The Implosion of the Green Movement. Two years ago Al Gore was considered a Nostradamus. This was to be our moment when the seas were to recede. But today? The Volt may well become a boondoggle. Cap and trade is doomed. Al Gore is discredited. Few trust academics to conduct honest climate research. The U.S. is finding huge deposits of natural gas in a way that seemed unimaginable a few years ago. Even Obama wants to build nuclear power plants, or so he says. Yet we read almost nothing about the crackup of Green evangelicalism.

Tuesday, 23 November 2010

The New START Treaty

Rich Lowry, editor of the National Review, is not quite as convinced that the new START treaty is of such great importance as the Obama administration maintains:

It's undoubtedly a time of nuclear angst, but Moscow doesn't have much
to do with it. Pyongyang just revealed a vast new uranium-enrichment
plant. North Korea's nuclear program is truly a problem from hell.
It's much easier to execute a pantomime of high-stakes Cold War
diplomacy with the Russians and claim to have saved the world.
The case for New START is so weak that we'd better hope the fate of
the planet doesn't hinge on it. It places a limit on strategic
warheads of 1,550, and a limit on deployed delivery vehicles -
missiles, bombers, submarines - at 700. Even in theory, this isn't
much of a cut in warheads. Under the 2002 Treaty of Moscow, Russia and
the United States had already agreed to arsenals of 2,200 to 1,700

Here's the catch: The Russians are already beneath 700 launchers. The
aging of their arsenal, coupled with economic constraints, means that
they aren't going higher regardless. Effectively, New START only
mandates cuts on us, and we make concessions to the Russians for the
privilege. This is classic Obama chump diplomacy.
In the final analysis, the administration wants the treaty because it
thinks it makes the Russians feel good and fosters a "reset." The
benefits of reset are overrated, though. Yes, the Russians voted for
the fourth round of U.N. sanctions against Iran, but only after
watering them down along with the Chinese. They have made it clear
they won't support more stringent sanctions outside the U.N.

If Obama wants to butter up Russian president Dmitry Medvedev and his
countrymen, surely there are easier ways than with a flawed
arms-control treaty. Maybe a bow is in order?

Monday, 22 November 2010

The Lisbon NATO summit

The Lisbon NATO summit has been hailed a success by many, particularly in Europe. But some problems remain, as General Brent Scowcroft, former national security advisor to Presidents Gerald Ford and George H.W. Bush points out:

But as General Scowcroft suggests, perhaps the biggest threat to
NATO’s survival as a meaningful collective-defense organization is to
be found within NATO’s own borders in the falling defense budgets in
many European countries and a growing public indifference towards the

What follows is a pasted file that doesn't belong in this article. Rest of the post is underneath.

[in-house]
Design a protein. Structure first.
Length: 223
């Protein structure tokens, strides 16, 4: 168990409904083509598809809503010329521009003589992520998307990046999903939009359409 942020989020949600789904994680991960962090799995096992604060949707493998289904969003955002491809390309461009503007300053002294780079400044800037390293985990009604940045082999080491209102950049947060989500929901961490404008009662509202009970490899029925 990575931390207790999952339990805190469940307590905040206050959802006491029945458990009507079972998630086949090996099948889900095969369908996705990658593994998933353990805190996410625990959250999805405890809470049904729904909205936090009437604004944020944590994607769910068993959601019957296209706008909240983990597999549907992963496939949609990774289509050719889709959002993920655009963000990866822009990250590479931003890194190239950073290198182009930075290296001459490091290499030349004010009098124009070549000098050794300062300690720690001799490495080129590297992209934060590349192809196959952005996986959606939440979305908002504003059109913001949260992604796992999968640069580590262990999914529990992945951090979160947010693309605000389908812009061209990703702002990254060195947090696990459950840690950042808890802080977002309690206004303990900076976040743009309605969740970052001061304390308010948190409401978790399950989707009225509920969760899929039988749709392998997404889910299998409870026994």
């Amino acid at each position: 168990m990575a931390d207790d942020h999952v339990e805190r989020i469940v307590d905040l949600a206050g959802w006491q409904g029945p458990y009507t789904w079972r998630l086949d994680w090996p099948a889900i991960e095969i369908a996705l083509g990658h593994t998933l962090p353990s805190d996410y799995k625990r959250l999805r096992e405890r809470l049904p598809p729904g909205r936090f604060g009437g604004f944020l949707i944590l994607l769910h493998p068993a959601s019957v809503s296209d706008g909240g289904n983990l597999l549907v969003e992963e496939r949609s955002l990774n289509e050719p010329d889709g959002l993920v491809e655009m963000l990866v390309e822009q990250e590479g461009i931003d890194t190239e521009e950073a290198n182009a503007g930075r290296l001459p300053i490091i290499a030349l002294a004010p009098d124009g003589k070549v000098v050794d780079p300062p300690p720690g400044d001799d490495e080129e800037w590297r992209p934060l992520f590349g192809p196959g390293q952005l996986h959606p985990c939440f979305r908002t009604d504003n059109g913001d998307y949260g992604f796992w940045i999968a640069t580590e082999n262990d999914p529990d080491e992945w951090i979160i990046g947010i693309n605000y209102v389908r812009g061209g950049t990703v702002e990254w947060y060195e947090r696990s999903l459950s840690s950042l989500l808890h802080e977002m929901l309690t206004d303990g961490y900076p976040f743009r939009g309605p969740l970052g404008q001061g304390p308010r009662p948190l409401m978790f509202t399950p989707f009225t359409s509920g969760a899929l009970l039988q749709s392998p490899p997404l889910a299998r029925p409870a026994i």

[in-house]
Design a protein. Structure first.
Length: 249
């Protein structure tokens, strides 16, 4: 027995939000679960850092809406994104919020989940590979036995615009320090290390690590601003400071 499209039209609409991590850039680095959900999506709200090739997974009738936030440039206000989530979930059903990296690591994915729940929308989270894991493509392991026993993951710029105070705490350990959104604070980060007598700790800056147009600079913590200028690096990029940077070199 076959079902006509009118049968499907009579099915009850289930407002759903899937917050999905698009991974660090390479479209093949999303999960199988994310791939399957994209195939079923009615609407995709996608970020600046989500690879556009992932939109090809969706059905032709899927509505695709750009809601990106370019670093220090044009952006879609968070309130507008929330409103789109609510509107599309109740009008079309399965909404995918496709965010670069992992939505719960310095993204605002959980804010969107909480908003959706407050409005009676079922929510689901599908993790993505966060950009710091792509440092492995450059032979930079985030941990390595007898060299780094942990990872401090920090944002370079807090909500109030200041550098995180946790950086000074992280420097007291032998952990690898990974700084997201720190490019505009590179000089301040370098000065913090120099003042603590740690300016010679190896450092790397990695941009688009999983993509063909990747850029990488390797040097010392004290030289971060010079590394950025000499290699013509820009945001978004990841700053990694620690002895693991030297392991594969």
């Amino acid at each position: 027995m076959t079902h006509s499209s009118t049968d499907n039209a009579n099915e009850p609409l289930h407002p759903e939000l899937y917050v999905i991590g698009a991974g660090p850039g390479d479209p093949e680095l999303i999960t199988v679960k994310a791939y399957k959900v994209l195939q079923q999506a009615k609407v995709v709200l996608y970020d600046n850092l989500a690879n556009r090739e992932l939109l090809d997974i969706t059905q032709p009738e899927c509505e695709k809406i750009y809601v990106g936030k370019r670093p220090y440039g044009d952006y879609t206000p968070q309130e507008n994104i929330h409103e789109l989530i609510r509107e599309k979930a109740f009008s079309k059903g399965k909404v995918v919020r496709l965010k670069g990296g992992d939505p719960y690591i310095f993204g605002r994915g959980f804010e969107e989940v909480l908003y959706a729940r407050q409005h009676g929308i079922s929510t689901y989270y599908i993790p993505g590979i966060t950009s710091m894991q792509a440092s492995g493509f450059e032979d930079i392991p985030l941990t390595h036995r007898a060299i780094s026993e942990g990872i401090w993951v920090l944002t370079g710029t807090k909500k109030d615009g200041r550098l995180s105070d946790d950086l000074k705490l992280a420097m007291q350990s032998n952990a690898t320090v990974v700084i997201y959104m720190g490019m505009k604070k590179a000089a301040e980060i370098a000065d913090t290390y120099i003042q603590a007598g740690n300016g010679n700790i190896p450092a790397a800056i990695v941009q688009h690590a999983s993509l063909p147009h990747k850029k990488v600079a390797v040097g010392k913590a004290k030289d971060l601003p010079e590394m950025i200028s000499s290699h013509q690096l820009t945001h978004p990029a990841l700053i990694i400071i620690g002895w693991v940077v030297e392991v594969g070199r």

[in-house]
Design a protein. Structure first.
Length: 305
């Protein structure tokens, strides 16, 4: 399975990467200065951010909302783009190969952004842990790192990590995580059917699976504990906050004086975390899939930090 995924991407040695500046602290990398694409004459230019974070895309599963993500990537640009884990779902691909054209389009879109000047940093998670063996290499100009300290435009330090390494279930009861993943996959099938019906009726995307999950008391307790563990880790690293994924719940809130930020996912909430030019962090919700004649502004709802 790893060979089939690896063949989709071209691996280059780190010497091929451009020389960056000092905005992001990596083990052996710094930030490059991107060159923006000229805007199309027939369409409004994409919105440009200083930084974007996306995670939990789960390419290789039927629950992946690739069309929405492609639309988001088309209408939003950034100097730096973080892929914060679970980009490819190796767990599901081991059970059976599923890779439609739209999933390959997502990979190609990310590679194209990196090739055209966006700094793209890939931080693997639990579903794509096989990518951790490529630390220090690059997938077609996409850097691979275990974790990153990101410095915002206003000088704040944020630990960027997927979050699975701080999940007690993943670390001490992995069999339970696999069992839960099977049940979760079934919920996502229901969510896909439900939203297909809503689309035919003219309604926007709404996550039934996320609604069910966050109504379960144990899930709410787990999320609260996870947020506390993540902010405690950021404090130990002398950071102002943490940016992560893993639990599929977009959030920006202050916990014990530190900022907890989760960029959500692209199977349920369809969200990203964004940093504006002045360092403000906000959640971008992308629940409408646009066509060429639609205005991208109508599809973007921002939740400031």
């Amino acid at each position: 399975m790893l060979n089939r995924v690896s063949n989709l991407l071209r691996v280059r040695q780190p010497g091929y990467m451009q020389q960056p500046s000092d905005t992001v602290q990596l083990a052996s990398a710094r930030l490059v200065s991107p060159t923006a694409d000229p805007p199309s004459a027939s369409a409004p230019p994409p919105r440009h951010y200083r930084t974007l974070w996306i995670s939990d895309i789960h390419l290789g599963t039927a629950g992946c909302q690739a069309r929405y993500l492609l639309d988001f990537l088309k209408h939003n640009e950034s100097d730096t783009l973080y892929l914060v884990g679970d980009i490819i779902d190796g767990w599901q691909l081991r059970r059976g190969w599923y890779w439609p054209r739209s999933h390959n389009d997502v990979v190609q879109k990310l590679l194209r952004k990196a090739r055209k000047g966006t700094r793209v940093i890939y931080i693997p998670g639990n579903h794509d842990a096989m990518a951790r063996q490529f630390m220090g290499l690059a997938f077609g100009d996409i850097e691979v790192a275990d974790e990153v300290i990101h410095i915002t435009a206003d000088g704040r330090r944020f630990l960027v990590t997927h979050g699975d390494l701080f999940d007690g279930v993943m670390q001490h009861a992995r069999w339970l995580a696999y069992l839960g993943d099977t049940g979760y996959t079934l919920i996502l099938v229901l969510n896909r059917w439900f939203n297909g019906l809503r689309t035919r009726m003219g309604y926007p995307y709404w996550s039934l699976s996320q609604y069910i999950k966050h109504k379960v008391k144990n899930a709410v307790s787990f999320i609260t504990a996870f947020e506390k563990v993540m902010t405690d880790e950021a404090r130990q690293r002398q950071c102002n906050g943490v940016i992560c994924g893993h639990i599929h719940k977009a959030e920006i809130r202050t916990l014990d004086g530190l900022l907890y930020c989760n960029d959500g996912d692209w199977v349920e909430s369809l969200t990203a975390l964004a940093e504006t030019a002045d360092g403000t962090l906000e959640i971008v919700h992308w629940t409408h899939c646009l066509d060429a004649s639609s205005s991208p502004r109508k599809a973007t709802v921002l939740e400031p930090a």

military and relevance in the 21st century.

“The key test for NATO now, for … the nations and NATO’s military
leaders, is whether they will provide the resources, forces,
equipment, and training the concept makes clear are required to carry
out the three tasks” the Alliance adopted, says General Scowcroft, who
is also chairman of the international advisory board of the Atlantic
Council, a Washington think tank focused on North Atlantic affairs

Sunday, 21 November 2010

The euro zone´s "black hole of debt"

Ireland has finally agreed to a massive bail-out in order to save the euro. But all people are not convinced that we have seen the end of the euro crisis:

George Papaconstantinou, the Greek finance minister (who should be an "expert" with regard to this kind of problems, NNoN), warned that the Irish bailout would not be enough to plug the euro zone’s black hole of debt.
”Even if Ireland is helped, it cannot prevent the debt crisis from continuing,” he said “[It] will focus on other countries: Spain, Portugal.”

The Lisbon NATO summit overshadowed by economic turmoil

The leaders of the NATO countries may very well have adopted important new strategic decisions in Lisbon, but the gathering of this (at least formerly) great alliance seems to have been overshadowed by the current economic turmoil:

As Obama and other leaders spoke of “revitalizing” NATO, there were reports that the Portuguese military may struggle to make its payroll next month.
As the heads of state lay out a new “strategic concept” for the military alliance, an urgent bailout for Ireland’s banking system has dominated European newspaper headlines and TV news reports — with dire warnings that the financial crisis could sweep to Portugal and beyond. The government here recently imposed painful austerity measures including spending and salary cuts, as well as a hike in the Value Added Tax, raising it to 23 percent. But many analysts think these moves are too little, too late, and won’t insulate the coastal nation from the fallout.

“Most Europeans will be entirely indifferent to what NATO says or does in Lisbon,” said Richard Gowan of the European Council on Foreign Relations and New York University. “If they are waiting from news from Portugal, it's about the spreading Euro crisis — widely expected to hit Lisbon next — not military issues.”